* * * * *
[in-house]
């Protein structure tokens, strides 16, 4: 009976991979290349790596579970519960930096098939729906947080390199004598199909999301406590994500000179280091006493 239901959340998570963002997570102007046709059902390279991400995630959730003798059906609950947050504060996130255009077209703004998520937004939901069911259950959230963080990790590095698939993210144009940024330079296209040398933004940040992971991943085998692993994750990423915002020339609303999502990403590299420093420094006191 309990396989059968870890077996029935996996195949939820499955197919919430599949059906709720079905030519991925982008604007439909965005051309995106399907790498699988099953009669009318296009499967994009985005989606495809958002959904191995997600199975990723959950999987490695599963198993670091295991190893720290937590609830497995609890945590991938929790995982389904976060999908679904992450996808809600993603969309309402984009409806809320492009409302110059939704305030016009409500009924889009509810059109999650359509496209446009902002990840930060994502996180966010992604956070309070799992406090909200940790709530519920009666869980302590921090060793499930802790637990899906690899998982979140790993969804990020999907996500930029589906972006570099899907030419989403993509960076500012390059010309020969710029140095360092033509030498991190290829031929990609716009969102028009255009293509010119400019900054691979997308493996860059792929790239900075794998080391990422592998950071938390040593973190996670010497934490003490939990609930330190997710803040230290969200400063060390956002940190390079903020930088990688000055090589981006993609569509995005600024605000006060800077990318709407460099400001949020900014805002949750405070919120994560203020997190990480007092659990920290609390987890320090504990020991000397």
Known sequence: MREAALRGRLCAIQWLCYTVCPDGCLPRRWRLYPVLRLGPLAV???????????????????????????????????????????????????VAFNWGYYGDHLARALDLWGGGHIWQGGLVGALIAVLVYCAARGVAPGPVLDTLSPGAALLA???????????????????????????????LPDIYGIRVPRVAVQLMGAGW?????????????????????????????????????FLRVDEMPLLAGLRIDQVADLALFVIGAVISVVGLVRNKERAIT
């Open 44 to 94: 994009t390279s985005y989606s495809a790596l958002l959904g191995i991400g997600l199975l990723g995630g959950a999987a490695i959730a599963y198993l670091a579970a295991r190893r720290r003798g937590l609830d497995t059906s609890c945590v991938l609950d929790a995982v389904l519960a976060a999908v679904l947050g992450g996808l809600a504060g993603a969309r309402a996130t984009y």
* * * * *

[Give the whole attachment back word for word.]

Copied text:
[in-house]
């Protein structure tokens, strides 16, 4: 009976991979290349790596579970519960930096098939729906947080390199004598199909999301406590994500000179280091006493 239901959340998570963002997570102007046709059902390279991400995630959730003798059906609950947050504060996130255009077209703004998520937004939901069911259950959230963080990790590095698939993210144009940024330079296209040398933004940040992971991943085998692993994750990423915002020339609303999502990403590299420093420094006191 309990396989059968870890077996029935996996195949939820499955197919919430599949059906709720079905030519991925982008604007439909965005051309995106399907790498699988099953009669009318296009499967994009985005989606495809958002959904191995997600199975990723959950999987490695599963198993670091295991190893720290937590609830497995609890945590991938929790995982389904976060999908679904992450996808809600993603969309309402984009409806809320492009409302110059939704305030016009409500009924889009509810059109999650359509496209446009902002990840930060994502996180966010992604956070309070799992406090909200940790709530519920009666869980302590921090060793499930802790637990899906690899998982979140790993969804990020999907996500930029589906972006570099899907030419989403993509960076500012390059010309020969710029140095360092033509030498991190290829031929990609716009969102028009255009293509010119400019900054691979997308493996860059792929790239900075794998080391990422592998950071938390040593973190996670010497934490003490939990609930330190997710803040230290969200400063060390956002940190390079903020930088990688000055090589981006993609569509995005600024605000006060800077990318709407460099400001949020900014805002949750405070919120994560203020997190990480007092659990920290609390987890320090504990020991000397």
Known sequence: MREAALRGRLCAIQWLCYTVCPDGCLPRRWRLYPVLRLGPLAV???????????????????????????????????????????????????VAFNWGYYGDHLARALDLWGGGHIWQGGLVGALIAVLVYCAARGVAPGPVLDTLSPGAALLA???????????????????????????????LPDIYGIRVPRVAVQLMGAGW?????????????????????????????????????FLRVDEMPLLAGLRIDQVADLALFVIGAVISVVGLVRNKERAIT
């Open 44 to 94: 994009t390279s985005y989606s495809a790596l958002l959904g191995i991400g997600l199975l990723g995630g959950a999987a490695i959730a599963y198993l670091a579970a295991r190893r720290r003798g937590l609830d497995t059906s609890c945590v991938l609950d929790a995982v389904l519960a976060a999908v679904l947050g992450g996808l809600a504060g993603a969309r309402a996130t984009y």